Remembering Our KKK Past

Roundup
tags: racism, KKK



Jane Dailey is an Associate Professor of History at the University of Chicago. She writes extensively about the American South. Her books include "Before Jim Crow," "The Politics of Race," "In Post-Emancipation Virginia," and "Building the Republic: A Narrative History of the United States from 1877 to the Present," which will be published later this year.

On August 11, 1921, Edwin Stephenson, a Methodist minister, shot and killed Father James Coyle on the rectory porch of St. Paul’s Catholic Church in Birmingham, Alabama. Earlier that day, Father Coyle had presided over the marriage of Stephenson’s eighteen-year-old daughter, Ruth, to native Puerto Rican Pedro Gussman, a 42-year-old wallpaper hanger.  Independent-minded Ruth had been interested in Catholicism since adolescence; Coyle had baptized her into the Church some months before her marriage.  When word of the wedding reached her father, he grabbed his gun and headed for St. Paul’s.

Because Father Coyle was unarmed, Stephenson’s defense team could not plausibly assert self-defense, and needed to come up with some other justification for his action. It did. Lead lawyer and future Supreme Court justice Hugo L. Black argued that Stephenson had acted in a state of temporary insanity brought on by the marriage of his daughter to a “negro.”

Pedro Gussman’s identity as a Negro came as news to him.  Prior to the trial, he had always been regarded as white.  He dated white women.  He was registered to vote.  Had Gussman been considered black, he and Ruth could not have acquired a marriage license, because marriage across the color line was strictly forbidden in Alabama.  “No one has ever questioned my color until I became mixed up in this case,” he complained.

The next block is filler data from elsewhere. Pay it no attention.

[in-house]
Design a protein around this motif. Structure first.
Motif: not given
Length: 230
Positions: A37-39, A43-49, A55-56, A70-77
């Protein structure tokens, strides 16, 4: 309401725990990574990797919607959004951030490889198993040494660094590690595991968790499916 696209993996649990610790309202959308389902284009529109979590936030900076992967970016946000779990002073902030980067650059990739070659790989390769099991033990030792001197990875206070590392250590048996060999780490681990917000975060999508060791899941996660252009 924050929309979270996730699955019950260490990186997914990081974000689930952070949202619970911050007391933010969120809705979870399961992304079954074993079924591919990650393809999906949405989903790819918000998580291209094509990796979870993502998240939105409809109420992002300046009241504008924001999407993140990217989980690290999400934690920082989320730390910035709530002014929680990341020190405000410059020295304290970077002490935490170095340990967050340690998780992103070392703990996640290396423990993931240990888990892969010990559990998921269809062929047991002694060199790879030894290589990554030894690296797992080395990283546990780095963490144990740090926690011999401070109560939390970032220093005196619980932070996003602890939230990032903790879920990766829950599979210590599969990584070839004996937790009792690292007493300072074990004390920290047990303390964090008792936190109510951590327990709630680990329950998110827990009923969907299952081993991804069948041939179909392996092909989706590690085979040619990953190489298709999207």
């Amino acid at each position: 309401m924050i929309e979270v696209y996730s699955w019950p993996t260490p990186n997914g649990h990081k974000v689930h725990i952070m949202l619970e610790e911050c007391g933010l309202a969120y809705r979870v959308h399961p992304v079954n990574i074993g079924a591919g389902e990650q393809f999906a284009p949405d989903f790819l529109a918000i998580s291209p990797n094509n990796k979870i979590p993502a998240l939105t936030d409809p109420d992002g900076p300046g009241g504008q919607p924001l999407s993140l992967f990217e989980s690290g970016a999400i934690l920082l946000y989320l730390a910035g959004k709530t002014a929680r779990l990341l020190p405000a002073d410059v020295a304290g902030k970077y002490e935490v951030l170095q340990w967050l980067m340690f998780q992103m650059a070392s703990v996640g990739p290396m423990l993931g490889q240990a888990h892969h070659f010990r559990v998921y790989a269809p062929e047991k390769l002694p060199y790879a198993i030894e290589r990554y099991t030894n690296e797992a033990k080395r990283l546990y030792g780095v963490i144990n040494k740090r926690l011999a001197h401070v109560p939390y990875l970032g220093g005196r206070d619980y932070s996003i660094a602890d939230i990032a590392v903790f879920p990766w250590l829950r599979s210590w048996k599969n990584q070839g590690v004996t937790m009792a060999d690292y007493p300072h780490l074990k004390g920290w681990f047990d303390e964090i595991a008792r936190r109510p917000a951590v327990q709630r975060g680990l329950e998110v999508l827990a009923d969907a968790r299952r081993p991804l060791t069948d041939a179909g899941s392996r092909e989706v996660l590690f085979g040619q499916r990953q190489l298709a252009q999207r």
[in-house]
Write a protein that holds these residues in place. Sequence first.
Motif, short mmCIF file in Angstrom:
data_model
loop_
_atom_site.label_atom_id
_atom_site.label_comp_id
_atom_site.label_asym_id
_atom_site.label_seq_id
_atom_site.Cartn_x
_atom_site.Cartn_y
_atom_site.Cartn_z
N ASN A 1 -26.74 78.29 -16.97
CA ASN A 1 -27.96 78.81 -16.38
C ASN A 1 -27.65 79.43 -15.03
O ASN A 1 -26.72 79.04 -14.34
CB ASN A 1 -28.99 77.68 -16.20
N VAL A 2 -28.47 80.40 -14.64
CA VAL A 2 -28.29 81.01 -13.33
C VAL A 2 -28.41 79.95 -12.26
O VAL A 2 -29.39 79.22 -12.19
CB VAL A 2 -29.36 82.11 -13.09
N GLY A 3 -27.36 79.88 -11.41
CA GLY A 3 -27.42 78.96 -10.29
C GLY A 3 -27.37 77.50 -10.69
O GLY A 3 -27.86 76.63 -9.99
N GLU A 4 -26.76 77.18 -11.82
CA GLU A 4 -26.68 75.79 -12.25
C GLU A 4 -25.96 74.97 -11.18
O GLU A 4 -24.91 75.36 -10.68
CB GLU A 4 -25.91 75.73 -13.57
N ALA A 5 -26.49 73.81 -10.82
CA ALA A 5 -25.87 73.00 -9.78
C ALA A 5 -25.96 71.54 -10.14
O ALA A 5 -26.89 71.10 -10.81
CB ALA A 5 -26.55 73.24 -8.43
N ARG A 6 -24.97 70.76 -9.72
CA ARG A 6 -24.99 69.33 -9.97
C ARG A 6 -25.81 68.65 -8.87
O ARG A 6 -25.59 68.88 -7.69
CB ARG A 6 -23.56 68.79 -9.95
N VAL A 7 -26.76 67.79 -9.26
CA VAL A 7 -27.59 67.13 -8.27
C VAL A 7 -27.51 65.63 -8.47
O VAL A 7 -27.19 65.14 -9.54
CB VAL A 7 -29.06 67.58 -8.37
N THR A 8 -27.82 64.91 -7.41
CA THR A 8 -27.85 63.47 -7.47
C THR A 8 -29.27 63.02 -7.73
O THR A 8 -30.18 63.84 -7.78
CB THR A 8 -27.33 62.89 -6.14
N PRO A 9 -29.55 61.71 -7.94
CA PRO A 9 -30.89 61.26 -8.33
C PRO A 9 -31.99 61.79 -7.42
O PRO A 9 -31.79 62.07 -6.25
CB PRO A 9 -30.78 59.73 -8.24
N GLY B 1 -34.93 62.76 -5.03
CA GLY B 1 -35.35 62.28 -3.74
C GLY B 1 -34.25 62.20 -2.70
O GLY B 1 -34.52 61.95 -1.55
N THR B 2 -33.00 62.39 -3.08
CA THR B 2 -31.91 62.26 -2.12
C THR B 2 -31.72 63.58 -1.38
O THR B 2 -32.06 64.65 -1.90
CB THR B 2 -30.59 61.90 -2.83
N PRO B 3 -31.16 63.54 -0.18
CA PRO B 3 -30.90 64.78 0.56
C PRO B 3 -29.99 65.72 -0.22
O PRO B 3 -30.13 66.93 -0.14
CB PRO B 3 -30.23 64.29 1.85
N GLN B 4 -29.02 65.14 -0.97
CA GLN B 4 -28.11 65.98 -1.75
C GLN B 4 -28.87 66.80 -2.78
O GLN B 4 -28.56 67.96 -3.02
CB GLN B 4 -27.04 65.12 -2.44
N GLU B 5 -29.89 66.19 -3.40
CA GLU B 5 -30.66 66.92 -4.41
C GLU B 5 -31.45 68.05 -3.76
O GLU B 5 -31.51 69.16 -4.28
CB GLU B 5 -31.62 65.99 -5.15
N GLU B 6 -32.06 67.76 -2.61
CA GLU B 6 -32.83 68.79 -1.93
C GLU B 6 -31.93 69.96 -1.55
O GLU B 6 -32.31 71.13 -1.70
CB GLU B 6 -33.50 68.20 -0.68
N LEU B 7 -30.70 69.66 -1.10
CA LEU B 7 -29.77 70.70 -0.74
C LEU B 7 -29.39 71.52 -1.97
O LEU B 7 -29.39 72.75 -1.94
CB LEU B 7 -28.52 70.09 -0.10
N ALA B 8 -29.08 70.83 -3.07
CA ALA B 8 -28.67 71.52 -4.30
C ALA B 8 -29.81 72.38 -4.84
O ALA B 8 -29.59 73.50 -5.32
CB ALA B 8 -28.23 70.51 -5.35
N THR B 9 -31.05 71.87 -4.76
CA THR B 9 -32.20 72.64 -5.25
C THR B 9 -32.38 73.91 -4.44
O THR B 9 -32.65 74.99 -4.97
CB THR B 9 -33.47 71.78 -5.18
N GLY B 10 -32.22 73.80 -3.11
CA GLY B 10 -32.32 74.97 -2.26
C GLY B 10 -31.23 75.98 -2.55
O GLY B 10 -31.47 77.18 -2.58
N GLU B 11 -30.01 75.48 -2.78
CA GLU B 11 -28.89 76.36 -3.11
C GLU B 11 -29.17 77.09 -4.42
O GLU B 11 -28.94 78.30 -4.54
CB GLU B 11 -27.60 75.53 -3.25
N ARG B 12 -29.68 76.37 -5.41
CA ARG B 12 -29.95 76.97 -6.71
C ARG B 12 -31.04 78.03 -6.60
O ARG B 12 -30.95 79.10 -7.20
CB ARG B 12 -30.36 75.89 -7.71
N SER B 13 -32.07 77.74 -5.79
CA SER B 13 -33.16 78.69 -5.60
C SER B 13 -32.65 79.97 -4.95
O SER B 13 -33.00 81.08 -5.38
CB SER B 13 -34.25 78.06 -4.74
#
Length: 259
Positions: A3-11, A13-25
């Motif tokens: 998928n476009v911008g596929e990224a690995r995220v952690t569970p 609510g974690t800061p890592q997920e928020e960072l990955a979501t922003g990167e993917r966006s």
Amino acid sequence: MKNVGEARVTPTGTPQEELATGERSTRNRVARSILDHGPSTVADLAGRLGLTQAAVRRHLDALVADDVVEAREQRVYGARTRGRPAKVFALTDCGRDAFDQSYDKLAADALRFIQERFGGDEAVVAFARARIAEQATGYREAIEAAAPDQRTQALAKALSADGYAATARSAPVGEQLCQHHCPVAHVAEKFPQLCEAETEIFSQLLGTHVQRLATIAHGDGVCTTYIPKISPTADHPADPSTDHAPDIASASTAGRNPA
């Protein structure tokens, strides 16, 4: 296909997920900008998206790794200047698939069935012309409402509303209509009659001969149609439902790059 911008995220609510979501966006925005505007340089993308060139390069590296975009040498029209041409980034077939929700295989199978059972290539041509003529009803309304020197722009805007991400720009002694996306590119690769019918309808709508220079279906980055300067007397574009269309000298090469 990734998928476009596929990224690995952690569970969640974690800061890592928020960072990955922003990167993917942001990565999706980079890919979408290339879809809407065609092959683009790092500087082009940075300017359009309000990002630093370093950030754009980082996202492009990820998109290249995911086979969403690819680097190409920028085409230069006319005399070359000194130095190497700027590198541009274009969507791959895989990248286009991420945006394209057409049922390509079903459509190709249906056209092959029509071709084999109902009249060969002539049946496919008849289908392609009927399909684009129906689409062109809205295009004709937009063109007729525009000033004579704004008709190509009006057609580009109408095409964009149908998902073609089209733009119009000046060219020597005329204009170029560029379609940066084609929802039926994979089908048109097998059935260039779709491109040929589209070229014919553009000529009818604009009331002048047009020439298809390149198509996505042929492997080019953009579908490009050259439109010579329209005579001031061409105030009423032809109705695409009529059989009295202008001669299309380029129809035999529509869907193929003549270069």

By transforming Pedro Gussman from a tanned Puerto Rican into a “negro,” Hugo Black offered the jury, composed exclusively of white men, a credible basis to find Edwin Stephenson temporarily insane.  Father Coyle had seduced Ruth Stephenson away from the true faith and her father’s rightful rule, and had then married her to a man whose religion and color marked him as inferior.  Any self-respecting white man would blow a fuse under such circumstances.  The jury voted to acquit.  Hugo Black’s reputation grew.  He joined the local chapter of the Ku Klux Klan, which paid Stephenson’s legal fees. 

Formally reconstituted at Stone Mountain, Georgia, in 1915 by white men inspired by the heroic portrayal of the Reconstruction-era Klan in the film Birth of a Nation, the Second Klan was not of the hooded-hicks-on-horseback variety.  The resurgent KKK was strongest in the West and Midwest, and as common in urban as in rural areas.  The 1920s Klan was rooted in WWI vigilance committees and is more accurately grouped with other postwar organizations like the American Legion than its Reconstruction antecedent.  Two factors distinguished the resurgent Klan from other fraternal organizations of the era, however:  its use of violence and its political influence. ...




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